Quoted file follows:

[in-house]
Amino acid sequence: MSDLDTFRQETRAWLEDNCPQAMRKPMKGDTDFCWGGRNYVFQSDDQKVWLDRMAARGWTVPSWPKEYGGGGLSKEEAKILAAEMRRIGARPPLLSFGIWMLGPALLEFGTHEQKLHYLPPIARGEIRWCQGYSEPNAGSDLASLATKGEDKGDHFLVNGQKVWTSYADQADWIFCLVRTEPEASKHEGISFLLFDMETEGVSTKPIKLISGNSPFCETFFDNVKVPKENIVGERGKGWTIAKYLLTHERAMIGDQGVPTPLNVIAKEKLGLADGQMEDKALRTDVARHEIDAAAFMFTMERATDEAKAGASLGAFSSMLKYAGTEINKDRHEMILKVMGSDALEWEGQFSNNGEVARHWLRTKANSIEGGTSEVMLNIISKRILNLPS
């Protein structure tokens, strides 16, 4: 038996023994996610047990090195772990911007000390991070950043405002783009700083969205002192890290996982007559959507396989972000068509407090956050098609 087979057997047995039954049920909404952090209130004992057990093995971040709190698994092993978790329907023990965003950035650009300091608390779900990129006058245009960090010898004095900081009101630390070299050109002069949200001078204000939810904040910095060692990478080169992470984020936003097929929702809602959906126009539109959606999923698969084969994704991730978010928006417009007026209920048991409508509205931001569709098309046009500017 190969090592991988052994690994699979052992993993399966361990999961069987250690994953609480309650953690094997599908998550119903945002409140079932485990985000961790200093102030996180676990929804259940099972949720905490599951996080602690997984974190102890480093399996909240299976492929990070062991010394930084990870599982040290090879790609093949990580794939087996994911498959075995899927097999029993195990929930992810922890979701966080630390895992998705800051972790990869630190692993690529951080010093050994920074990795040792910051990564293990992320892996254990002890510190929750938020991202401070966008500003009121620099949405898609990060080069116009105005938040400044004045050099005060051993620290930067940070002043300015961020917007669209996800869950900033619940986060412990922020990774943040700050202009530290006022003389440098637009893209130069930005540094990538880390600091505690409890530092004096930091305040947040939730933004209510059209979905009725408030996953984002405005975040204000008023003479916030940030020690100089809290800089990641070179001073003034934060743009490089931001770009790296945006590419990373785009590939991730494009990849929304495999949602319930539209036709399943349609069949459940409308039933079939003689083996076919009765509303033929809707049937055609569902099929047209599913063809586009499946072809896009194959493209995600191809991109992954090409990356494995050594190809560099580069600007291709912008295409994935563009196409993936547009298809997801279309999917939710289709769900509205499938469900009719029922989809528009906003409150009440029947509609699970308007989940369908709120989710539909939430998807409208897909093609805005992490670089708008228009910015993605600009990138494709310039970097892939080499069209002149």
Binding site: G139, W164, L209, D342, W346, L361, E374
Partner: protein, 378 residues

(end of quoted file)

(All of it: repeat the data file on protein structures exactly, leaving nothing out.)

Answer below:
[in-house]
Amino acid sequence: MSDLDTFRQETRAWLEDNCPQAMRKPMKGDTDFCWGGRNYVFQSDDQKVWLDRMAARGWTVPSWPKEYGGGGLSKEEAKILAAEMRRIGARPPLLSFGIWMLGPALLEFGTHEQKLHYLPPIARGEIRWCQGYSEPNAGSDLASLATKGEDKGDHFLVNGQKVWTSYADQADWIFCLVRTEPEASKHEGISFLLFDMETEGVSTKPIKLISGNSPFCETFFDNVKVPKENIVGERGKGWTIAKYLLTHERAMIGDQGVPTPLNVIAKEKLGLADGQMEDKALRTDVARHEIDAAAFMFTMERATDEAKAGASLGAFSSMLKYAGTEINKDRHEMILKVMGSDALEWEGQFSNNGEVARHWLRTKANSIEGGTSEVMLNIISKRILNLPS
């Protein structure tokens, strides 16, 4: 038996023994996610047990090195772990911007000390991070950043405002783009700083969205002192890290996982007559959507396989972000068509407090956050098609 087979057997047995039954049920909404952090209130004992057990093995971040709190698994092993978790329907023990965003950035650009300091608390779900990129006058245009960090010898004095900081009101630390070299050109002069949200001078204000939810904040910095060692990478080169992470984020936003097929929702809602959906126009539109959606999923698969084969994704991730978010928006417009007026209920048991409508509205931001569709098309046009500017 190969090592991988052994690994699979052992993993399966361990999961069987250690994953609480309650953690094997599908998550119903945002409140079932485990985000961790200093102030996180676990929804259940099972949720905490599951996080602690997984974190102890480093399996909240299976492929990070062991010394930084990870599982040290090879790609093949990580794939087996994911498959075995899927097999029993195990929930992810922890979701966080630390895992998705800051972790990869630190692993690529951080010093050994920074990795040792910051990564293990992320892996254990002890510190929750938020991202401070966008500003009121620099949405898609990060080069116009105005938040400044004045050099005060051993620290930067940070002043300015961020917007669209996800869950900033619940986060412990922020990774943040700050202009530290006022003389440098637009893209130069930005540094990538880390600091505690409890530092004096930091305040947040939730933004209510059209979905009725408030996953984002405005975040204000008023003479916030940030020690100089809290800089990641070179001073003034934060743009490089931001770009790296945006590419990373785009590939991730494009990849929304495999949602319930539209036709399943349609069949459940409308039933079939003689083996076919009765509303033929809707049937055609569902099929047209599913063809586009499946072809896009194959493209995600191809991109992954090409990356494995050594190809560099580069600007291709912008295409994935563009196409993936547009298809997801279309999917939710289709769900509205499938469900009719029922989809528009906003409150009440029947509609699970308007989940369908709120989710539909939430998807409208897909093609805005992490670089708008228009910015993605600009990138494709310039970097892939080499069209002149």
Binding site: G139, W164, L209, D342, W346, L361, E374
Partner: protein, 378 residues